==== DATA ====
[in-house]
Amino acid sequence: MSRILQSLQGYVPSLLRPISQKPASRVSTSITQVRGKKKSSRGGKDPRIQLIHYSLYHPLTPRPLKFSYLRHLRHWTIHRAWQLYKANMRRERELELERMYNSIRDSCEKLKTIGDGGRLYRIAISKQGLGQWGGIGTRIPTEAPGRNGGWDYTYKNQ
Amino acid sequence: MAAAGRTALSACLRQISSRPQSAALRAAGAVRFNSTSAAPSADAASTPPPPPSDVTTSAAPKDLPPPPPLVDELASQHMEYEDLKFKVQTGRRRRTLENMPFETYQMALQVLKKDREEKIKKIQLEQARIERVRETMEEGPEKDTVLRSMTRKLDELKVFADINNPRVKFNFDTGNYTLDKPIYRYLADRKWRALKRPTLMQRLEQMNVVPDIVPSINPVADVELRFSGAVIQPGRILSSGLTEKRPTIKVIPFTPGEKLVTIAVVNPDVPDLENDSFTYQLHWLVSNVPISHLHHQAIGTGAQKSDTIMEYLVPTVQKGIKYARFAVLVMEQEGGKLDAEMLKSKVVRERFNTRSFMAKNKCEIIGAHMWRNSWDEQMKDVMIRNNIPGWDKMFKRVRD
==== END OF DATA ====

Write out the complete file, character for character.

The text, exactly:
[in-house]
Amino acid sequence: MSRILQSLQGYVPSLLRPISQKPASRVSTSITQVRGKKKSSRGGKDPRIQLIHYSLYHPLTPRPLKFSYLRHLRHWTIHRAWQLYKANMRRERELELERMYNSIRDSCEKLKTIGDGGRLYRIAISKQGLGQWGGIGTRIPTEAPGRNGGWDYTYKNQ
Amino acid sequence: MAAAGRTALSACLRQISSRPQSAALRAAGAVRFNSTSAAPSADAASTPPPPPSDVTTSAAPKDLPPPPPLVDELASQHMEYEDLKFKVQTGRRRRTLENMPFETYQMALQVLKKDREEKIKKIQLEQARIERVRETMEEGPEKDTVLRSMTRKLDELKVFADINNPRVKFNFDTGNYTLDKPIYRYLADRKWRALKRPTLMQRLEQMNVVPDIVPSINPVADVELRFSGAVIQPGRILSSGLTEKRPTIKVIPFTPGEKLVTIAVVNPDVPDLENDSFTYQLHWLVSNVPISHLHHQAIGTGAQKSDTIMEYLVPTVQKGIKYARFAVLVMEQEGGKLDAEMLKSKVVRERFNTRSFMAKNKCEIIGAHMWRNSWDEQMKDVMIRNNIPGWDKMFKRVRD